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A Minute With: Helen Mirren on Hedda Hopper, Hollywood, and women

Image: English actress Helen Mirren waves as she arrives at the Tokyo International Film Festival in Tokyo October 22, 2015. REUTERS/Thomas Peter – RTS5LV2

By Piya Sinha-Roy

LOS ANGELES (Reuters) –

From the Queen of England, a tough chief detective and a handful of ruthless secret agents, Britain’s Dame Helen Mirren has never been a woman to be messed with — on or off screen.

Now the Oscar-winning actress plays one Hollywood’s notorious gossips columnist Hedda Hopper in drama “Trumbo,” out in U.S. theatres on Friday. The film focuses on the 1947 Hollywood Blacklist, where ten screenwriters and directors including Dalton Trumbo (played by Bryan Cranston) were shunned and in a few cases, jailed, for their associations with the Communist party.

Mirren, 70, talked to Reuters about Hopper and how women in Hollywood need to be less polite.

Q: What drew you to Hedda Hopper?
A: I thought that power and that voracity and that meanness and the shamelessness of it – there are female journalists to this day who display similar sort of spirit. There’s a certain kind of woman who goes a certain kind of route in journalism.

Q: She’s really the villain of this story, bringing the mob mentality against Hollywood’s communists. How did you understand her motivation?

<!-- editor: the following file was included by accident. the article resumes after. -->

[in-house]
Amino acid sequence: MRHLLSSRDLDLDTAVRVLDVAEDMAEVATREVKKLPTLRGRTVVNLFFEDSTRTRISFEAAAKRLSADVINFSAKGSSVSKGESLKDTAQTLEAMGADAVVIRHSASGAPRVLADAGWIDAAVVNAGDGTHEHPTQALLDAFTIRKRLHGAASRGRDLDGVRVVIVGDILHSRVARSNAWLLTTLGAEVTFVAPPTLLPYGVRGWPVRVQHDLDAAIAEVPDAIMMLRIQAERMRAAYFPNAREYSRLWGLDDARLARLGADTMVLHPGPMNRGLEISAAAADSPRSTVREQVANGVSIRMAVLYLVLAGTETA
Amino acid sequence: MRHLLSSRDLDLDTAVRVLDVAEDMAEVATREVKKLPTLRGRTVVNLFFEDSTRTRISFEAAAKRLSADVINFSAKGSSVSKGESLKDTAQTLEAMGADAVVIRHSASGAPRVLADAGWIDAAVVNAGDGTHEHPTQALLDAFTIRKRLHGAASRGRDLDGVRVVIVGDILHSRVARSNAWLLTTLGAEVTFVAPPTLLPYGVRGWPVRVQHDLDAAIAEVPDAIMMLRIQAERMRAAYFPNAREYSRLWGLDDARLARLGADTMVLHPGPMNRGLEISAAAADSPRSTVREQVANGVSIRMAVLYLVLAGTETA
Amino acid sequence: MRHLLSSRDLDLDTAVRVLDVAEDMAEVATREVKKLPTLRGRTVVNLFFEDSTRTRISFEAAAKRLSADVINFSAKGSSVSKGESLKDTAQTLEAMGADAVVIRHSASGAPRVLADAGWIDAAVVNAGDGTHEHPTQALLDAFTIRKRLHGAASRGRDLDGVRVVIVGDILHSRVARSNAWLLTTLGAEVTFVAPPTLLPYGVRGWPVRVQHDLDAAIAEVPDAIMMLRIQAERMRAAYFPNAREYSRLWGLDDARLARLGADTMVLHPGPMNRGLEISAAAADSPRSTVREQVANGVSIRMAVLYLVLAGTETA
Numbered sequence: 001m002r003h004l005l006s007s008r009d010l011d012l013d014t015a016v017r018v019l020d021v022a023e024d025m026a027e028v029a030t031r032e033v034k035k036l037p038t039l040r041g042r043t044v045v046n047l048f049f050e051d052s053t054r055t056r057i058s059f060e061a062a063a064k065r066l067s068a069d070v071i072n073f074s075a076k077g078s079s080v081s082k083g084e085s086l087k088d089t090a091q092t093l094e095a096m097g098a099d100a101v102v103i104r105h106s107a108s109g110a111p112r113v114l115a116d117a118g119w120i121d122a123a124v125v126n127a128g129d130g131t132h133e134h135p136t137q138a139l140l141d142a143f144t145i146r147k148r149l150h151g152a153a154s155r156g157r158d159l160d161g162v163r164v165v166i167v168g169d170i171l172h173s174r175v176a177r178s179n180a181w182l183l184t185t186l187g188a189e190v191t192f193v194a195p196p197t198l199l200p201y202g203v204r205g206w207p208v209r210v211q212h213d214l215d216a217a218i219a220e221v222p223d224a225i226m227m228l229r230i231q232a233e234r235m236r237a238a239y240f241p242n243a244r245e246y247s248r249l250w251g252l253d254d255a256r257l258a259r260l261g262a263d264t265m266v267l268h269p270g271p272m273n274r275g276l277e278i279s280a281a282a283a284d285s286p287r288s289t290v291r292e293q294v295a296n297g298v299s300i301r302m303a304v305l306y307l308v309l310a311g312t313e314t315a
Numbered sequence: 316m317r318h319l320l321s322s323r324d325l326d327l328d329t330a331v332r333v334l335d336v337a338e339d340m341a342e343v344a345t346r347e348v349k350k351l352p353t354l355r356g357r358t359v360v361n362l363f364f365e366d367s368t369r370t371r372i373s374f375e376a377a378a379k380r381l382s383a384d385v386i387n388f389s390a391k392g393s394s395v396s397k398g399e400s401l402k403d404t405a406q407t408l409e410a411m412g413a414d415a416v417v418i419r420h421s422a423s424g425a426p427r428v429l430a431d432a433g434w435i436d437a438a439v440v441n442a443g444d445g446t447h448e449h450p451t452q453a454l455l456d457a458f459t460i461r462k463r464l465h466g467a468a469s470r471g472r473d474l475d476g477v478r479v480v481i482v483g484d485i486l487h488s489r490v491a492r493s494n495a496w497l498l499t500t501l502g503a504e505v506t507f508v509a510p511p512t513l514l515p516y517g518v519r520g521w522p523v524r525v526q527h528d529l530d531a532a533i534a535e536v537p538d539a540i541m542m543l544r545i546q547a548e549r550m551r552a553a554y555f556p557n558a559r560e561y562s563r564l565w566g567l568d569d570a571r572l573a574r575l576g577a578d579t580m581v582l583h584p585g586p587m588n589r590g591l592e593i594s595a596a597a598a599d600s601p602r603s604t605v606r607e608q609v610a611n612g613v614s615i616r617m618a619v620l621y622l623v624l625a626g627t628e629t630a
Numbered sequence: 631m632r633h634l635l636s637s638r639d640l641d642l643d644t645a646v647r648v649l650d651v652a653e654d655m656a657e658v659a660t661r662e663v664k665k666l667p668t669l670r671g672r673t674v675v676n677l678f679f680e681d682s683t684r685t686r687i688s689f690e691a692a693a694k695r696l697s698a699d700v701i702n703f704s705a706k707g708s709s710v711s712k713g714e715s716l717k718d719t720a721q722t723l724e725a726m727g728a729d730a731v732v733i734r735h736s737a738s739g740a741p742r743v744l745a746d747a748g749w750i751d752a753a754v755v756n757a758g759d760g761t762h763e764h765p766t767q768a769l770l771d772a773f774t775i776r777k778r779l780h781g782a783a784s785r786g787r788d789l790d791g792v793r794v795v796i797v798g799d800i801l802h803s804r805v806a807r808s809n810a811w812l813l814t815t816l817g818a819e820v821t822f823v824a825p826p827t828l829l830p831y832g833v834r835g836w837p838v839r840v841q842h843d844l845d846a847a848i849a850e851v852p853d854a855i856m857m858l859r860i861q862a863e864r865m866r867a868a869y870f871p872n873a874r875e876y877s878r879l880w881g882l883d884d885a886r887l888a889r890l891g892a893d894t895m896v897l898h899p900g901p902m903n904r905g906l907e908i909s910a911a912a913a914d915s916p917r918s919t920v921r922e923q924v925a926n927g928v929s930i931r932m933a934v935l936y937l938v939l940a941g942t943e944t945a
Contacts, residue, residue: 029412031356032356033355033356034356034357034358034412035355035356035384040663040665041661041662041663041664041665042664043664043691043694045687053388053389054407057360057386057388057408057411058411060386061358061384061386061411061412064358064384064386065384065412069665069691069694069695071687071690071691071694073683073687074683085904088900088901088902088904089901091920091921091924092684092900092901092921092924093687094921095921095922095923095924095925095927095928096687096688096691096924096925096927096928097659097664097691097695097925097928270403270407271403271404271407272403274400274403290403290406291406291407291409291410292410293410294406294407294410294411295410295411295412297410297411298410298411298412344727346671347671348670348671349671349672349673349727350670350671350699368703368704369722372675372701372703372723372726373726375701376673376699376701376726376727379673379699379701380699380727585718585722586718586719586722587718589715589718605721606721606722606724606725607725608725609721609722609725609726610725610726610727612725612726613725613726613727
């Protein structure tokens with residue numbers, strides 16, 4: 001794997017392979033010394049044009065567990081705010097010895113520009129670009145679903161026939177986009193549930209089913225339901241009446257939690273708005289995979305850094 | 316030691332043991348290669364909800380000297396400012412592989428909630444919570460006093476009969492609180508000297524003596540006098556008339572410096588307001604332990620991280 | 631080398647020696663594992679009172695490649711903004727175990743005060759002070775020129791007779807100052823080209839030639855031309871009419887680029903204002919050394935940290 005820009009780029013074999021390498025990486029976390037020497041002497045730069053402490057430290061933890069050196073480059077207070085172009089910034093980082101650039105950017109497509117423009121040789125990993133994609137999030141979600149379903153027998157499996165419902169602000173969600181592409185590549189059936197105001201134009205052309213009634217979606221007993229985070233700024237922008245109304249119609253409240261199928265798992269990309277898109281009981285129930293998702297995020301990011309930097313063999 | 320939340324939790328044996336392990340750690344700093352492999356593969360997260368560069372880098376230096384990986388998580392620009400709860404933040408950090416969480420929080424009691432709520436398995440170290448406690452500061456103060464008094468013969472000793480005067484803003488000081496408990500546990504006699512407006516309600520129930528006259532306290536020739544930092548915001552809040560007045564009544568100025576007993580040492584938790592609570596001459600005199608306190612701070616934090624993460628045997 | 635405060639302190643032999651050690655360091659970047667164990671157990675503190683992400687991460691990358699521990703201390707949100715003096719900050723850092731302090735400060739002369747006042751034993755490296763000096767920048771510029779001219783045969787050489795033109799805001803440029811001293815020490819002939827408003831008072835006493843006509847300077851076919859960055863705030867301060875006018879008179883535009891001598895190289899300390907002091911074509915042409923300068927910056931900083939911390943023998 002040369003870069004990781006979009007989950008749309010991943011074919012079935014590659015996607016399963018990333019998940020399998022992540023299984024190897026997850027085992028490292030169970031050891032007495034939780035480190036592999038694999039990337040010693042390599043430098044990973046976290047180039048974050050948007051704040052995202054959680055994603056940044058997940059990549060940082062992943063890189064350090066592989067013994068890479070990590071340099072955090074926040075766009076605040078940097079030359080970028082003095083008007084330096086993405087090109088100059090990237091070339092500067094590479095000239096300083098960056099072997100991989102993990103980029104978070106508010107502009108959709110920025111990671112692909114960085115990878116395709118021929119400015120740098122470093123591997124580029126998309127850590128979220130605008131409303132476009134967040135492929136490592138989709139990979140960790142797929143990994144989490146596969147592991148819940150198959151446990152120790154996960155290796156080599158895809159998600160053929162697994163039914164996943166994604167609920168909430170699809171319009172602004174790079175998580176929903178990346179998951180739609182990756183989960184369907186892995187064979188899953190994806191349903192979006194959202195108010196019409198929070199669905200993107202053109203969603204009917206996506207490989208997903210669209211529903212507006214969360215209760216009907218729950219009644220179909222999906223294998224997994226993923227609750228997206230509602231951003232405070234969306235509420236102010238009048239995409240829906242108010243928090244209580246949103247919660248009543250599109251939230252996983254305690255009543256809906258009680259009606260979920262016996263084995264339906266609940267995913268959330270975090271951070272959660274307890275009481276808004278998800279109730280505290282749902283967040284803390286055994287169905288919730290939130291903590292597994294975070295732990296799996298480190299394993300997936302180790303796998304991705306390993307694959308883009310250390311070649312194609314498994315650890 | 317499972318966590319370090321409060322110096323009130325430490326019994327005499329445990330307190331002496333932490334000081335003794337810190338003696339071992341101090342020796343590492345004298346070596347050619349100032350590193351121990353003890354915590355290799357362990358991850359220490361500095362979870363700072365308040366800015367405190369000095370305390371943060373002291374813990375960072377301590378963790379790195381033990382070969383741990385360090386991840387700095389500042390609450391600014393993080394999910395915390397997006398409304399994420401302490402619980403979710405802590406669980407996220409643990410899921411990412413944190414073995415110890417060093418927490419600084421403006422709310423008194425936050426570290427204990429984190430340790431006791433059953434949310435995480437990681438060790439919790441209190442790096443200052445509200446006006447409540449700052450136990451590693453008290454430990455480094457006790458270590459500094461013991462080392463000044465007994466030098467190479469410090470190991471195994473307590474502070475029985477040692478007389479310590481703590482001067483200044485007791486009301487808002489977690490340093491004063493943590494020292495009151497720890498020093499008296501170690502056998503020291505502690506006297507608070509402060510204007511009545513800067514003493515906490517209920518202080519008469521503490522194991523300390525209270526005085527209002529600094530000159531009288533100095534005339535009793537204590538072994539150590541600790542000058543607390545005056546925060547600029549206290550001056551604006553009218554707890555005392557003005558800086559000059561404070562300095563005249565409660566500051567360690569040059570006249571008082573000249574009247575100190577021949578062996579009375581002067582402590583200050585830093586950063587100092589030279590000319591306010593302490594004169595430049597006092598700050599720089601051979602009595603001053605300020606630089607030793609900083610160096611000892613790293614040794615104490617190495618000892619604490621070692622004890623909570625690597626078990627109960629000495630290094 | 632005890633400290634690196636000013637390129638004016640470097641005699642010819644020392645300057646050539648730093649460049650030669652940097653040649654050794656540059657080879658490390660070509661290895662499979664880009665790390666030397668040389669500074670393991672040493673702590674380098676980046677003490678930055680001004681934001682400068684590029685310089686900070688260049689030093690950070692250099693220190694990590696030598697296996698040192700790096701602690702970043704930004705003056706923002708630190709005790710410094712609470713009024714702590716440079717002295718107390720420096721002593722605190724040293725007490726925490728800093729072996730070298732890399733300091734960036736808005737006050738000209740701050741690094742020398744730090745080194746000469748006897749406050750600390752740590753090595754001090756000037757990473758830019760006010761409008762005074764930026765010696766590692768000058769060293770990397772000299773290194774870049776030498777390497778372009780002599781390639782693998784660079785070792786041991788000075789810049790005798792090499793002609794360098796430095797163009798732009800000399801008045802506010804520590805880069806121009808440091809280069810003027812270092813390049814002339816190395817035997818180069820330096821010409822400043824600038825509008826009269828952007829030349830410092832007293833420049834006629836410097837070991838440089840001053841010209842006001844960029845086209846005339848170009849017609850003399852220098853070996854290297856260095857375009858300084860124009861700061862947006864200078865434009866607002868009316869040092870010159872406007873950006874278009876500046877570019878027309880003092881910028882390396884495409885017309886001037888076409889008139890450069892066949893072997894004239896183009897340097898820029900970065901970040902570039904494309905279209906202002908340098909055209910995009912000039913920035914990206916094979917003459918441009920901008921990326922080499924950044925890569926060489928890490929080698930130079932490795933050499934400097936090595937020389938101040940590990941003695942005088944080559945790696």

A: Hedda was right in the centre of the mass of the vast majority of American thinking. She wasn’t an anomaly or a cult, she wasn’t the Tea Party or a side issue, she was right where people were, coming out of the Second World War, and she understood her public very well.

Q: But then she used her power to manipulate?
A: She absolutely felt she was being patriotic, as John Wayne did.

Q: You’ve often been outspoken on the role of women. Is there a shift happening now for women in film?
A: I’ve said it ever since I was 25 – look to change the role of women in life, and as night follows day in my profession, on television, in theatre, on film, the roles for women will change, and that’s absolutely happened. Finally, it’s taken a long time.

I think writers are just beginning to catch up, and I’ve always said, it’s easy to write a woman’s role. Just write a man’s role with a woman’s name, and of course they’re doing that now, finally.

Q: What were your thoughts on Jennifer Lawrence’s essay on the gender wage gap in Hollywood and how women should be confident to ask for more?
A: I thought it was fabulous. I loved it, it was very personal and she’s right. We are too polite as women.

(Reporting by Piya Sinha-Roy; Editing by Jill Serjeant and Marguerita Choy)

Copyright 2015 Thomson Reuters. Click for Restrictions.

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